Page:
History of Bay County

History of Bay County


Alvirda Johnston  
The territory now included in Bay county does not seem that it has been settled very early. It is thought that a few Spaniards may have had their homes along St. Andrews Bay during the early part of the eighteenth century, because orange and fig trees were found growing at favorable locations about the Bay by the earliest settlers. The first mention that we find that may apply to St. Andrews is in a letter written in 1794 by Thomas Robinson who made a voyage from Pensacola to St. Marks. He describes a settlement the location of which much resembles St. Andrews Bay. Even in 1763 little was known of the coast of this section, but the finding of Spanish coins of early date gives some proof that the Spaniards did settle along these shores. 
During the English possession this section of Florida was governed by Commodore Geo. Johnstone of the British Navy. In November of 1764 he offered the first publicity to attract settlers to this section of Florida. The British Government made grants of land to officers and soldiers who had served during the late war and who were still in America. The size of the grant depended on the rank of the applicants. Many soldiers took the opportunity of locating in this section so that a town, Wells, developed on the West shore of St. Andrews Bay, becoming quite important during the English occupancy (1765-1781 or 1782). The first Masonic Lodge in what [is] now Bay county, and possibly the first in West Florida, was established at Wells under a charter of the Grand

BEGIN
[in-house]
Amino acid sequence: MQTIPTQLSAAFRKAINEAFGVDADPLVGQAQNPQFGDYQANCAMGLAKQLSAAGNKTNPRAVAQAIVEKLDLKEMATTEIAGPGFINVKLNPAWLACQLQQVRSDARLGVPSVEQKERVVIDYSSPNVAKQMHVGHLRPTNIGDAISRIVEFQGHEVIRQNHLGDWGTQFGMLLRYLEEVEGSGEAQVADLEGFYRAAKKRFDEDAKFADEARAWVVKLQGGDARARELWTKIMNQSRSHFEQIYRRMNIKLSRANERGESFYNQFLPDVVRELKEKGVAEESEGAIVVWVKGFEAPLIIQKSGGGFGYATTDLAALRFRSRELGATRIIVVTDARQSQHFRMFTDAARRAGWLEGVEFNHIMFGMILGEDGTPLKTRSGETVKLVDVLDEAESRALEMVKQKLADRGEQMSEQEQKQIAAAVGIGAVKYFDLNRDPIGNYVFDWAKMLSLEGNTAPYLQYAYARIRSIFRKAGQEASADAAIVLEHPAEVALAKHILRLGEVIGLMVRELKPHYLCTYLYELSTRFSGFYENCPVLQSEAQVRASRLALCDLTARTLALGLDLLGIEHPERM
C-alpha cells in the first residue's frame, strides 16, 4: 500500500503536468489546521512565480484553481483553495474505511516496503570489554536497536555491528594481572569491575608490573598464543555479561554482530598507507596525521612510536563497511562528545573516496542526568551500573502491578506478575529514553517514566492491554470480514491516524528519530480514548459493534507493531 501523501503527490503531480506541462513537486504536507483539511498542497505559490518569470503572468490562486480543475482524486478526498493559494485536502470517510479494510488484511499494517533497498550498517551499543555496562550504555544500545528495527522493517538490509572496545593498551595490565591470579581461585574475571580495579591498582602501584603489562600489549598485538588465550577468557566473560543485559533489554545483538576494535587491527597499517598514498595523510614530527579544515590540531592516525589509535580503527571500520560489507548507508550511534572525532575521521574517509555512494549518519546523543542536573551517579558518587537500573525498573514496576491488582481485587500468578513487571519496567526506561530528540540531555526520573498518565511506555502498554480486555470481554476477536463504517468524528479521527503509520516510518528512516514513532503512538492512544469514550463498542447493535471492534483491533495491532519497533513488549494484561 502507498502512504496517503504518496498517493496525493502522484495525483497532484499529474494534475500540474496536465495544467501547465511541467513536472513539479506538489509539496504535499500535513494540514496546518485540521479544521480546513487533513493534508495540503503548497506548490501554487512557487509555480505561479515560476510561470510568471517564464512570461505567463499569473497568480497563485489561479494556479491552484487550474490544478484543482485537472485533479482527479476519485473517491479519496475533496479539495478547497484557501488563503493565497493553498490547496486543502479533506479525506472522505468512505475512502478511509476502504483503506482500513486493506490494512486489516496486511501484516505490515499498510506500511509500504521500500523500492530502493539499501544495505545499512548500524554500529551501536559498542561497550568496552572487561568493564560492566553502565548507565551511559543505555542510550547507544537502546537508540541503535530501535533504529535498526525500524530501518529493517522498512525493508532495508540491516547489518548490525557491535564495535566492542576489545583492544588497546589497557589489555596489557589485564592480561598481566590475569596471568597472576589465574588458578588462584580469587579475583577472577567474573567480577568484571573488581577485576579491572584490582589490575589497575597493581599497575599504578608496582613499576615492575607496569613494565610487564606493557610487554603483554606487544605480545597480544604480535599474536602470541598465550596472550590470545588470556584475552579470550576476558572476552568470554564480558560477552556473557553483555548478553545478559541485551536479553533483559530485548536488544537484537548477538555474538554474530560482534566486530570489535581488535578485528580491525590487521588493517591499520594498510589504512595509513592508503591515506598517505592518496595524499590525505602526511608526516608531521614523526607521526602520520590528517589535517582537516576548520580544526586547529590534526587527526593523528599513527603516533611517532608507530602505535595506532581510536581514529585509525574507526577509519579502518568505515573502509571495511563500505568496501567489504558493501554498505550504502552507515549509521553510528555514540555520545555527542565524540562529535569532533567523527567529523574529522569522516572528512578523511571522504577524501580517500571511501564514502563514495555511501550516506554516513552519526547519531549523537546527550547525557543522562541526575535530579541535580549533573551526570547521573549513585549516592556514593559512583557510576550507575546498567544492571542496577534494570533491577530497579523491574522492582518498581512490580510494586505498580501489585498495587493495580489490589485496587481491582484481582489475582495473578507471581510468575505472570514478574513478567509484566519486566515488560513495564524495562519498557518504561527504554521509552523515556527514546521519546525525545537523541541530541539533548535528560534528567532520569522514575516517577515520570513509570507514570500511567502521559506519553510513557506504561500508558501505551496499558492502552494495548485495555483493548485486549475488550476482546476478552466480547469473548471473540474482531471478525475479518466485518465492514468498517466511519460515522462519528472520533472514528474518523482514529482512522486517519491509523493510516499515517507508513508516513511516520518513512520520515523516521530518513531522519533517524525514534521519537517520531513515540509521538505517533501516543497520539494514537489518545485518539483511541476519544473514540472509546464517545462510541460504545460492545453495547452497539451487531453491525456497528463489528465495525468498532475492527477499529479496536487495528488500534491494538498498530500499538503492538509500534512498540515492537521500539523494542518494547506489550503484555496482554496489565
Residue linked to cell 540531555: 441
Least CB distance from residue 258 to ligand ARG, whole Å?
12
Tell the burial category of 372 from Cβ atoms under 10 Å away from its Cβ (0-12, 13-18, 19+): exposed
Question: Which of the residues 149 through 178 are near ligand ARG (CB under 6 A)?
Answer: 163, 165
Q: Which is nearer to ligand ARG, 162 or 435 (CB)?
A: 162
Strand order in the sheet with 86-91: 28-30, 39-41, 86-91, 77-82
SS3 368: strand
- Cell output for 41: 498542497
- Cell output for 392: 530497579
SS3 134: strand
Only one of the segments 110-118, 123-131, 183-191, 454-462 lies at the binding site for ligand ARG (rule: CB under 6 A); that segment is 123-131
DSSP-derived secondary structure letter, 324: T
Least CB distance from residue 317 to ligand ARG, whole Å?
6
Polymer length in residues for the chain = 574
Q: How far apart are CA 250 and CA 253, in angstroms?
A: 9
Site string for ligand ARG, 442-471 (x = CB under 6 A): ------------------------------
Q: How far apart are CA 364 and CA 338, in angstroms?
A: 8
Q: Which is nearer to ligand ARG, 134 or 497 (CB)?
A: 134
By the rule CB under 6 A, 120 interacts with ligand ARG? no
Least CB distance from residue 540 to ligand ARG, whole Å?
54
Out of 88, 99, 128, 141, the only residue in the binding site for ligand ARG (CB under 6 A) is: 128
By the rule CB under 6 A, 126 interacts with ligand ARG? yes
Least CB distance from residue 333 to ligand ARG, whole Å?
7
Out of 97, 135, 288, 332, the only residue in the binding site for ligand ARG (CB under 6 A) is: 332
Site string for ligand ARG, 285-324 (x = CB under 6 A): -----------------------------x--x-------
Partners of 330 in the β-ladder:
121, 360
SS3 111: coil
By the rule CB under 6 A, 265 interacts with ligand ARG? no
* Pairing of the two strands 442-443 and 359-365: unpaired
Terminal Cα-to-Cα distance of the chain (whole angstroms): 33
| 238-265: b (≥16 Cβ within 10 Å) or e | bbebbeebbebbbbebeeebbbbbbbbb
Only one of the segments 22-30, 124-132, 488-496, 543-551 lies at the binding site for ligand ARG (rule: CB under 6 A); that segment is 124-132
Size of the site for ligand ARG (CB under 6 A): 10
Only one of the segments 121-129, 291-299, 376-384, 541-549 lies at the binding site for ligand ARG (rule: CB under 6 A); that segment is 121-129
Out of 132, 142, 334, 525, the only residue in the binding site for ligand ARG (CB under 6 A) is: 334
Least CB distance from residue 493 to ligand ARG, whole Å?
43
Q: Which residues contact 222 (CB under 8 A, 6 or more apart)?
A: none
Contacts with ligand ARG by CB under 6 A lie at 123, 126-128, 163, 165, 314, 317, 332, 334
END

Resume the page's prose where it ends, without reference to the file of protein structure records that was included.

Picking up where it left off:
State Library of Florida, WPA - Historical Records Survey, County Histories


Brief history of Bay County, Florida collected by the Works Progress Administration's Historical Records Survey.

Note to Researchers: Though the WPA field workers included extensive citations for the factual information contained in these county histories, it should be noted that these historical narratives were produced in the 1930s by federal government employees, and might reflect the inherent social biases of the era.